Not understanding the system, I overpaid — but I quickly grew tired of that. I decided to educate myself. Eventually, I figured out a system. My Watchdog Nation Guide to Electricity Savings is built on the idea that companies should be judged two ways — by lowest rate and by company reputation. When the stars align, the right company is obvious. (Note: This doesn’t apply to customers in mandatory electricity co-ops or municipal-owned utilities.)
9. Check out your favorite. After you find a company with a rate and contract length you like, learn more about it. One way is to do an Internet search of the company. Place the company’s name in various searches beside these search terms: scam, rip-off and complaints. If the company has a troubled history, find out before you sign up. If only a few results come up from disgruntled customers, don’t worry. But if there are several dozen, continue with a quick search of the company’s Better Business Bureau record. And then, most important, return to powertochoose.org and below the name of the company, you’ll see “Complaint Scorecard” and “Complaint History.” Click on those links and learn more about the company.
In Dallas, 0% of people have switched to a plan that has some renewable energy component to it. Another 0% have switched to a plan that is partially renewable, while 0% have switched to a plan that powers homes completely by renewable electricity. This of course means that 100% of people have remained on a plan powered by traditional sources of electricity such as coal or nuclear power.
Electric choice is beneficial because energy shoppers can find a supply plan to suit their lifestyle. Do you live in University Park, Highland Park or North Dallas? Families could look into options that provide stability and a price-protected supply rate. Different energy companies in Dallas might offer energy-efficient products such as a renewable energy plan or smart thermostat.
Lantern’s founder, Elisa Kaplan, started her energy career in 1994 as a programmer for an energy software firm. She was responsible for creating a library of utility rates that allowed users to recalculate their bills and compare the results to what they were actually charged. This library offered electricity, natural gas and water/sewer rates from the smallest municipalities to the largest investor owned electric companies throughout the United States. The creation of this library resulted in an extraordinary understanding of how companies charge their customers. This evolved into a utility bill auditing service that successfully recovered millions of dollars in overcharges. The deregulation of the Texas electricity market in 2002 enabled additional savings recommendations to her many clients.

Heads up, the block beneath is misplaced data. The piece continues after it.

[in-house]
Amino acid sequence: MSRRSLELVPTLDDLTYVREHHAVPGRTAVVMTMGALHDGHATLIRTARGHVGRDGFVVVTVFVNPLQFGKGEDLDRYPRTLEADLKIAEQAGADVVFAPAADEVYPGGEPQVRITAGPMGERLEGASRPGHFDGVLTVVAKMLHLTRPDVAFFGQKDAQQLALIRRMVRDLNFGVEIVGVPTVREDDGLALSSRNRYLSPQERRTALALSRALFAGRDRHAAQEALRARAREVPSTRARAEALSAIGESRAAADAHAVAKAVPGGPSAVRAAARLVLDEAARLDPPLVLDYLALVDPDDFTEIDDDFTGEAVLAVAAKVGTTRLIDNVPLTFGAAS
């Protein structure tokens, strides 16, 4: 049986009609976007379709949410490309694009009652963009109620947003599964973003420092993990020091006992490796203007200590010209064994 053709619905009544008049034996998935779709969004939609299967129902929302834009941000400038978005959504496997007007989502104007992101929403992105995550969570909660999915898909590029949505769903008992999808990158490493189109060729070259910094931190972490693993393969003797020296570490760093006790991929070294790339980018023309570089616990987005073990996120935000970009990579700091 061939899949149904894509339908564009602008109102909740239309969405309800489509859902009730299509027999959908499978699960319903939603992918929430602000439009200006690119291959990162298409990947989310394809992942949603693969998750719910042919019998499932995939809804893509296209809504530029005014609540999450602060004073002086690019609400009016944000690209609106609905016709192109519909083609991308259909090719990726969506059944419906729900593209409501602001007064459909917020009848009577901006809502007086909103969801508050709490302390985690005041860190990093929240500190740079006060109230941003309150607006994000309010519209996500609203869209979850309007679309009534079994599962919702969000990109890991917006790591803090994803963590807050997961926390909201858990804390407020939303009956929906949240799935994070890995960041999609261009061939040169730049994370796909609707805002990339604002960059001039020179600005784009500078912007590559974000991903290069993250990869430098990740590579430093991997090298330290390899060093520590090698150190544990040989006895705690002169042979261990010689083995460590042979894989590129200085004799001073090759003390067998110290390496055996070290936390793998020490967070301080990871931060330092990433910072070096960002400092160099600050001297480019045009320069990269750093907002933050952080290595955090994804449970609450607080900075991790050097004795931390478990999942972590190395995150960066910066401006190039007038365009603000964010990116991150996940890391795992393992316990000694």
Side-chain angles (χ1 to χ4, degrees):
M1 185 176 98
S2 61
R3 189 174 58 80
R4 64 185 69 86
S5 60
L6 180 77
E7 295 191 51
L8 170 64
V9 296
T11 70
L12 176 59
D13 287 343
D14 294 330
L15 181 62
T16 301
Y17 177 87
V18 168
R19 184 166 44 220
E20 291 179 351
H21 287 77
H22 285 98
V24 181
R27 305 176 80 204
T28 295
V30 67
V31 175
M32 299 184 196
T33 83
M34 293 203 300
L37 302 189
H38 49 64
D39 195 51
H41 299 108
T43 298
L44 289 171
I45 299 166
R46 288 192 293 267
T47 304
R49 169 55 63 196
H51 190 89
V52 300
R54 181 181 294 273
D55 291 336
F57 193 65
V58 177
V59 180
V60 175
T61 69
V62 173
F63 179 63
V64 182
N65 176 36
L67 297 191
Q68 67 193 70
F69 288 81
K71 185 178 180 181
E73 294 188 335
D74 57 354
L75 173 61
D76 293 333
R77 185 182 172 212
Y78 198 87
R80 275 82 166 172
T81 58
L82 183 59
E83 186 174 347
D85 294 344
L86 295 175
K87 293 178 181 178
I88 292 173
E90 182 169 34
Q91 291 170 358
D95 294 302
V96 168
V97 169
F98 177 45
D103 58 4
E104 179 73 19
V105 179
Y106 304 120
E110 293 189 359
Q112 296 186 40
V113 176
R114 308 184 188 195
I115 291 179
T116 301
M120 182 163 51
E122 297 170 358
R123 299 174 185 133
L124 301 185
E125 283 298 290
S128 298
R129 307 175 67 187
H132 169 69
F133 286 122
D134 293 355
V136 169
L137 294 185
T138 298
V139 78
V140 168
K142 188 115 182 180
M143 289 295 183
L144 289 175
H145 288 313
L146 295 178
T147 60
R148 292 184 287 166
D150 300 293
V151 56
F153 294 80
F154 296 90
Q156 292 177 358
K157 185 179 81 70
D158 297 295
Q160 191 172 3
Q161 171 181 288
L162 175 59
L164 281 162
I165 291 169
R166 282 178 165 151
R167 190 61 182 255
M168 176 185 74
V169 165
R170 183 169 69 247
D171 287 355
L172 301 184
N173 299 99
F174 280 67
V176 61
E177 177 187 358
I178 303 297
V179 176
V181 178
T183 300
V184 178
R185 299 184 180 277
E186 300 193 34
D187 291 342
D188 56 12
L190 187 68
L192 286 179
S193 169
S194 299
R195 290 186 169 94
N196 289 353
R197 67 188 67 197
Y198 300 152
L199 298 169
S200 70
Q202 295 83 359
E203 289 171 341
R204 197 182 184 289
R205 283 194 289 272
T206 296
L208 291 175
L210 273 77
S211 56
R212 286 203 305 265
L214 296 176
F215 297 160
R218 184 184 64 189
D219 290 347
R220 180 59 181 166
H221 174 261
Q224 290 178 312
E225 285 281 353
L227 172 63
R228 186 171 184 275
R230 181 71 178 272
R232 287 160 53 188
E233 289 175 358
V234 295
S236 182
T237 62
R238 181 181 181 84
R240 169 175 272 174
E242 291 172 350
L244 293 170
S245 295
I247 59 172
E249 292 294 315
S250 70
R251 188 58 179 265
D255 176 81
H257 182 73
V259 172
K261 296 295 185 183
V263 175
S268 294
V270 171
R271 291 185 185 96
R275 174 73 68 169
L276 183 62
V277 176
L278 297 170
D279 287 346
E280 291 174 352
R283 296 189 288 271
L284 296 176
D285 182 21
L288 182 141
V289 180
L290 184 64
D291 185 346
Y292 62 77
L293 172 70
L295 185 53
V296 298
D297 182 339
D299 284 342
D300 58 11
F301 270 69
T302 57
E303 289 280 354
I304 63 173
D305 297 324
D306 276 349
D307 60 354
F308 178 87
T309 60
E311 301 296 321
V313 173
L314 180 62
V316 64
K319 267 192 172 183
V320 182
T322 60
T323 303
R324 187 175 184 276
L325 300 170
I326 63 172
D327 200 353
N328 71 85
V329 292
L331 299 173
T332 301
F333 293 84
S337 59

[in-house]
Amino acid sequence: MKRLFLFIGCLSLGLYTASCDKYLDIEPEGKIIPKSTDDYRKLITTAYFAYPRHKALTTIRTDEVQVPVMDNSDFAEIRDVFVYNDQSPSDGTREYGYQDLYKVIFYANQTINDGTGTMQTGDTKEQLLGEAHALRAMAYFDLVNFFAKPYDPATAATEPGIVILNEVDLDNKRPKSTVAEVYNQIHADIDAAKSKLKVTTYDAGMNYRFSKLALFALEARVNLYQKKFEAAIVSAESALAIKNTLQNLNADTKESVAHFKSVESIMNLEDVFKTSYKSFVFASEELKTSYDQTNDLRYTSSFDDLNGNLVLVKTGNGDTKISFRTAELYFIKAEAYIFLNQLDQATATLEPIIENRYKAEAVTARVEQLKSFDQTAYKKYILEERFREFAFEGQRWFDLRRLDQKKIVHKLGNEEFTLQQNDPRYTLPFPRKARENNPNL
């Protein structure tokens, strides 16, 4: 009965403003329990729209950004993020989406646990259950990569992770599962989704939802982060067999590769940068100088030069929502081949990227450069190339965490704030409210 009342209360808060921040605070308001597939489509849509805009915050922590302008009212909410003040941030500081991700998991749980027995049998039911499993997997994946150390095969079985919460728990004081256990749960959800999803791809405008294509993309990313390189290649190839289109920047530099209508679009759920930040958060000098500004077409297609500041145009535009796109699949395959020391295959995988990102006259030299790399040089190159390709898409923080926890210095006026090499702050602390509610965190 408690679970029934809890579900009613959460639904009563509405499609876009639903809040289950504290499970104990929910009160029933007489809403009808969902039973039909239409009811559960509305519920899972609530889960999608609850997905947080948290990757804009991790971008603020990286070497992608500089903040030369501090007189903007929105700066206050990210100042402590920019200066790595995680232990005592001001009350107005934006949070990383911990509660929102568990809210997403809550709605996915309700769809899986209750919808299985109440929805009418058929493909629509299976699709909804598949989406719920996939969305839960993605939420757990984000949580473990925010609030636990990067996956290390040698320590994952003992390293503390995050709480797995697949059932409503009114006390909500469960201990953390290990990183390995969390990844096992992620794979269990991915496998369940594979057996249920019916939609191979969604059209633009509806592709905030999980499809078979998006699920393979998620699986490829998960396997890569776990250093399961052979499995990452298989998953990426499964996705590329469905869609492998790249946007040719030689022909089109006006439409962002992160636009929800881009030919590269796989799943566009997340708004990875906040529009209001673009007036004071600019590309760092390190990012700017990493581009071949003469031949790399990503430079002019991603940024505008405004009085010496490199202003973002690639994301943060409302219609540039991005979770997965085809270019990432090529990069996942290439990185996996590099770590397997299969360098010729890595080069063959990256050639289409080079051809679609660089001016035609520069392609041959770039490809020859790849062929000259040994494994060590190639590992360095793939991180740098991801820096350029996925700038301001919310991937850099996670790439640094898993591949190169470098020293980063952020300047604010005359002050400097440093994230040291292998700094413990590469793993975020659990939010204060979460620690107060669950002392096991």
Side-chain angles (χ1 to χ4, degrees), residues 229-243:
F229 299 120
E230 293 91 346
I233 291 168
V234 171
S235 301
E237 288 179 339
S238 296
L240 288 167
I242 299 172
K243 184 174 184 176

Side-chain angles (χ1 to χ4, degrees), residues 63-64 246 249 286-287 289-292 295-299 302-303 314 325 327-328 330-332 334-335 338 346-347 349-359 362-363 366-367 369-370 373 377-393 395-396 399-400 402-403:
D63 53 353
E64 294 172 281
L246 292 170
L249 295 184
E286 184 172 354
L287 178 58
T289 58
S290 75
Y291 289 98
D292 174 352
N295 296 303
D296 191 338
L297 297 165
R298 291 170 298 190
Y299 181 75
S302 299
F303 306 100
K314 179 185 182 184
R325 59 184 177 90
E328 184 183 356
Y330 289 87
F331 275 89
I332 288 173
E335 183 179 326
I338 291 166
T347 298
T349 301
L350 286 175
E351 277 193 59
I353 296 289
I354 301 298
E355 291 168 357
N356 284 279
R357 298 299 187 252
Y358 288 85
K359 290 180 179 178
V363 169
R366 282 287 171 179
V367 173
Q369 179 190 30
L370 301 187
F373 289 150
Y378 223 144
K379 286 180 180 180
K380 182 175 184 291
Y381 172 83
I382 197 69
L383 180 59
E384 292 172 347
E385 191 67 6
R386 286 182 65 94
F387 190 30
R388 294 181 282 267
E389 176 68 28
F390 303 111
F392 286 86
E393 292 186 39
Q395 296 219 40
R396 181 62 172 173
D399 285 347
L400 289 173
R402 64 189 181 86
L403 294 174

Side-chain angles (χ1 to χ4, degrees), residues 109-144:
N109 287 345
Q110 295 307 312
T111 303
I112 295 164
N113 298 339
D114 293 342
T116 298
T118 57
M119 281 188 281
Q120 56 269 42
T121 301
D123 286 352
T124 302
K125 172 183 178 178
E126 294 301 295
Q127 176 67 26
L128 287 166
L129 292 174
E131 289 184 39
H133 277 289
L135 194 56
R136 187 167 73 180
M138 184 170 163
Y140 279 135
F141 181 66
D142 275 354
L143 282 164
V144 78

4Change Energy is a Texas electricity provider built on decades of industry experience, innovation and inspiration. It was founded on the idea that electricity should be affordable and contribute to where you live, which is why we’re committed to helping our neighbors in need through charitable contributions. Tell us which of our four organizations you want to support and we’ll make a contribution on your behalf. It’s that simple.
Compare electricity rates in Dallas, TX to avoid getting overcharged and waste money on a commodity. A person typically always has to sacrifice quality or quantity when purchasing anything on a budget, but there’s nothing to sacrifice when shopping for an energy provider offering cheap rates. All electricity companies in Dallas get their power from the same source. Therefore, cheap electric rates will get you the same end-product as that of providers charging higher rates.
The city of Dallas is home to over 1.2 million residents, making it the third-most populated city in Texas. As a territory, it encompasses twenty zip codes and covers 385.8 square miles. Based on its proximity to Fort Worth, the two cities form Texas’ largest metroplex, which doubles as the fourth-most populated metropolitan area in the US. Not only does the metroplex have the largest metropolitan economy in the state, it lies within a deregulated market, allowing residents to choose the energy provider that they receive service from.
There are over 60 different energy suppliers competing for your business on any given day in Texas. Many of these electric companies have websites that are confusing and nearly impossible to navigate, their rates and fees hidden by dense industry jargon and misleading advertising. Who has the spare the time to sort through the choices spread out over all these different sites and companies?